He was on hand after the game to listen to the Buffalo coach, Ted Nolan: “Sometimes if your feet ain’t moving,” he said, “at least your brain should be thinking a little bit, and tonight we did neither.”
Mike Winters (@Mike_Wntrz) watched the Oilers’ captain in the game against Vancouver: “Andrew Ference is the opposite of defence. He’s like a busted gumball machine of loose pucks.”
From Tampa Bay came word that the netting on the Lightning’s nets is hand-strung, a job that takes four or five hours per.
While Sportsnet.ca play-by-play man Dave Randorf wondered whether maybe someone in Nashville might write a country song about Shea Weber’s shot, his employer ran a precautionary video on THE FREAKISH POWER OF WEBER’S SLAPSHOT:
Shea Weber possessed a power unlike any other in the NHL. The Predators’ defenceman’s slapshot has broken legs, gone through boards and nets, and strikes fear into defenders and goalies alike.
Over at TSN.ca, Darren Dreger mentioned that an unnamed executive from an Eastern Conference team told him that he thinks that one day Nathan MacKinnon will be better than Sidney Crosby.
Thursday, the Chicago Blackhawks travelled to Ottawa to play the Senators. The U.S. ambassador was excited: accompanied by his wife, Vicki Heyman, and U.S. Secretary of Commerce Penny Pritzker, he attended his first NHL game since arriving in Canada. Tweeting throughout, @BruceAHeyman took note:
Our hockey teams are like our trading relationship: intertwined! 12 Canadians on @NHLBlackhawks, 4 Americans on @Senators. #siblingrivalry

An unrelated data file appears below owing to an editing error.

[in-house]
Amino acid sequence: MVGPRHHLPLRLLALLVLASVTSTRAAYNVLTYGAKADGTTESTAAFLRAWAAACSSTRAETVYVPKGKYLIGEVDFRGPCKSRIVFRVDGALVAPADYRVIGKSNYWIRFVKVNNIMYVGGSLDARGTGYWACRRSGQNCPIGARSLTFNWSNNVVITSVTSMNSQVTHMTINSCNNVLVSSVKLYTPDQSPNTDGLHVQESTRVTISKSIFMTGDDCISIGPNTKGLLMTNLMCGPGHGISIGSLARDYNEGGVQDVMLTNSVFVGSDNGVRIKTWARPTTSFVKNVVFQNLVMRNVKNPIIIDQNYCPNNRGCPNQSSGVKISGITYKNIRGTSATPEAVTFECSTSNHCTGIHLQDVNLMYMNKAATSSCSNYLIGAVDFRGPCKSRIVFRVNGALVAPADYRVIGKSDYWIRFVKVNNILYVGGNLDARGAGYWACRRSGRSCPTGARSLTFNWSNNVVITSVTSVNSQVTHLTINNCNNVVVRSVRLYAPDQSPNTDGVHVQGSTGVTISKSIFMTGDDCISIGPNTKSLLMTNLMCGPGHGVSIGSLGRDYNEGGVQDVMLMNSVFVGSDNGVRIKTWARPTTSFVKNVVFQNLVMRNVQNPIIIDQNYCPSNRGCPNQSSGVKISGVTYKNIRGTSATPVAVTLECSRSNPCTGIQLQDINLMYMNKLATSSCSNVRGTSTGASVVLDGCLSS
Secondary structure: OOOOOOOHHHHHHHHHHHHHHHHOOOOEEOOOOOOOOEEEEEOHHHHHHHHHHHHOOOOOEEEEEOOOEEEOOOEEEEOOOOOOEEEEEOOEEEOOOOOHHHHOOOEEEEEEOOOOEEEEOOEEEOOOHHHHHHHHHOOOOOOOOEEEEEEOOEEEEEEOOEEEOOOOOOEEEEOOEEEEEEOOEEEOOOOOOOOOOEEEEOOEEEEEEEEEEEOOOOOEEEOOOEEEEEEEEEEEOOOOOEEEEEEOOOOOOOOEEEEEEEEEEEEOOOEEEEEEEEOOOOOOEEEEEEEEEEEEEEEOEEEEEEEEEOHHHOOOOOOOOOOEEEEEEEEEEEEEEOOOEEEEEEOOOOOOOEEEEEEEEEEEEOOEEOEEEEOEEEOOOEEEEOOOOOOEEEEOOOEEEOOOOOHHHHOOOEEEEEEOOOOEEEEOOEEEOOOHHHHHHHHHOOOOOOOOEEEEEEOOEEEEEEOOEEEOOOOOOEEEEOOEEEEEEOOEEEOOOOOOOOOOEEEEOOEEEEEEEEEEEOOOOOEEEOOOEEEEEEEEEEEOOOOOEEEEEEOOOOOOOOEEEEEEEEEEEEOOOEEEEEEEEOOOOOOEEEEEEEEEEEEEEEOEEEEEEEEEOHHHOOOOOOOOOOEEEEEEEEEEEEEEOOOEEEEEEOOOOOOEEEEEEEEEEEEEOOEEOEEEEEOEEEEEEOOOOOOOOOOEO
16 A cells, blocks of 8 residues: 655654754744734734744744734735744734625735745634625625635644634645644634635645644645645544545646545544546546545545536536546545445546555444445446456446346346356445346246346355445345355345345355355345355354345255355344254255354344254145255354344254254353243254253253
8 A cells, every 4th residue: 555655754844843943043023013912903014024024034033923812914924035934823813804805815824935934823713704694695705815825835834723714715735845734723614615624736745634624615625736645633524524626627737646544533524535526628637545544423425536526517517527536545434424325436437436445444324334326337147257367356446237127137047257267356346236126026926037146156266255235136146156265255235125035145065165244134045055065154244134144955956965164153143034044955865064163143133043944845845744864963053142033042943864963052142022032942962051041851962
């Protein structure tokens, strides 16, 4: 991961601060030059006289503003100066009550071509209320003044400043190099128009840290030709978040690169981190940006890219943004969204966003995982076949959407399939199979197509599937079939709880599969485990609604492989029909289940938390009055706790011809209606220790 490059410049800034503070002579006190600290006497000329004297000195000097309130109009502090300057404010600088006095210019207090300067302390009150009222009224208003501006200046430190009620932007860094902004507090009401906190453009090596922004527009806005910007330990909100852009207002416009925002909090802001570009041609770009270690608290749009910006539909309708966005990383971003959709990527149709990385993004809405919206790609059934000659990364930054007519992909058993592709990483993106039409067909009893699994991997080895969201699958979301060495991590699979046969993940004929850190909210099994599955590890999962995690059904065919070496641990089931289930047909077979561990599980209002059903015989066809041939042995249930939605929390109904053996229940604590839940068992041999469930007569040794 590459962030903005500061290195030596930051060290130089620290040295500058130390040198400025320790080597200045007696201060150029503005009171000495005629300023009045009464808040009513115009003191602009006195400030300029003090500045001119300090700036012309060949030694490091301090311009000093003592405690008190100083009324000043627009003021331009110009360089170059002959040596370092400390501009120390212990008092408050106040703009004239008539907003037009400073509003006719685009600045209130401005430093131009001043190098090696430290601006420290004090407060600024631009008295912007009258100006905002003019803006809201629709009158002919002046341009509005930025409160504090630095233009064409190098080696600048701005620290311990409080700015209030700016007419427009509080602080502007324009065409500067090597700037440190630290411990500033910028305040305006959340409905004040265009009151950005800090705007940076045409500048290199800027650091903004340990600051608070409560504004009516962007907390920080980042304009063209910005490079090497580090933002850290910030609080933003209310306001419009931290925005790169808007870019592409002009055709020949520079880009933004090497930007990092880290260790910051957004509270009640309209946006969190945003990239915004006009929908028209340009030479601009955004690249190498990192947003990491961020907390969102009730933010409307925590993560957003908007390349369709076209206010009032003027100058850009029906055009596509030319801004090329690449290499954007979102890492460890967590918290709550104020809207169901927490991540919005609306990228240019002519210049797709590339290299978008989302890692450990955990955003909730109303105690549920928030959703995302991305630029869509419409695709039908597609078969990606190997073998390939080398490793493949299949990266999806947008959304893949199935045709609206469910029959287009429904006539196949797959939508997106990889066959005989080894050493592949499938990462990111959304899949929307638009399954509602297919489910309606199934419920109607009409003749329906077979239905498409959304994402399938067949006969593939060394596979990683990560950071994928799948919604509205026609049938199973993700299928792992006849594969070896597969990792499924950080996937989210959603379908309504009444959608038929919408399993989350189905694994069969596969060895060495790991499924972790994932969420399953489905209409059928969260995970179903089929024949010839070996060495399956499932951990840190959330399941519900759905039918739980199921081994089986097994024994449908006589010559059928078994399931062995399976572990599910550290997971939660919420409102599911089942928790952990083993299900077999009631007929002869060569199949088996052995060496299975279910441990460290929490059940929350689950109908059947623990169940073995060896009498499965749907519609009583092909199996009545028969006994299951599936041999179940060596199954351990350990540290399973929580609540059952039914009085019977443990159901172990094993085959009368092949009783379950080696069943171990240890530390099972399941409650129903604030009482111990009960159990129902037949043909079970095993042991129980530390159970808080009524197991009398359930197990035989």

The game went to overtime, where Marian Hossa scored. Chicago won, Ottawa lost. It was a big deal, as Twitter noted in the moments after puck found twine:
Marian Hossa just became the 80th player in NHL history to reach 1,000 career points. Congrats, Hoss!
1,000 points for Marian Hossa. Two Cups, will have 500 goals by end of career. Walks like a Hall of Famer, quacks like a Hall of Famer…
Marian Hossa’s 2nd point in #CHIvsOTT was 1000th of his NHL career; he joins Jagr, Thornton & Iginla as only active players to hit the mark.
[Patrick] Sharp to media on Hossa nearly having game-winner: “It seemed like it was storybook, like one of you guys drew up the playbook.”
“It’s such a privilege to be one of these 80 great players to do this milestone,” Hossa himself said, “and it doesn’t get better than this doing it where I started. It means a lot to me. A big thanks goes to all the players tonight who helped me to achieve that and also all the players through my career.
Montreal goaltender Carey Price vouched for new Habs’ defenceman Tom Gilbert: “We sit together on the airplane, I’ve got to know him pretty well. He’s a great guy and he’s a really solid defenceman.”
The Boston Bruins extended the contract of their coach, Claude Julien. GM Peter Chiarelli said he was one of the NHL’s top coaches and that what Julien had done consistently was show his passion through his coaching. His passion for winning — which, in hockey, is obviously one of the best passions there is.
Chiarelli went on, spilling his coach’s secrets:
Coaching is a difficult profession at the best of times and what Claude does in implementing structure in his systems and having a solid defensive foundation while allowing freedom in offensive play is no easy task. During his time with the Bruins, he has excelled in maintaining this difficult balance, and his longevity here speaks volumes. He has coached the Bruins to a Stanley Cup and a Cup Final appearance and our goal to win with him at the helm remains the same as we move forward.
Dallas coach Lindy Ruff lamented after 2-1 OT loss to Anaheim: “We were below flat if you asked me. It was pretty disappointing.”
For all Buffalo’s losing, the Sabres did beat San Jose this last week, a game Jeremy Roenick joined in progress: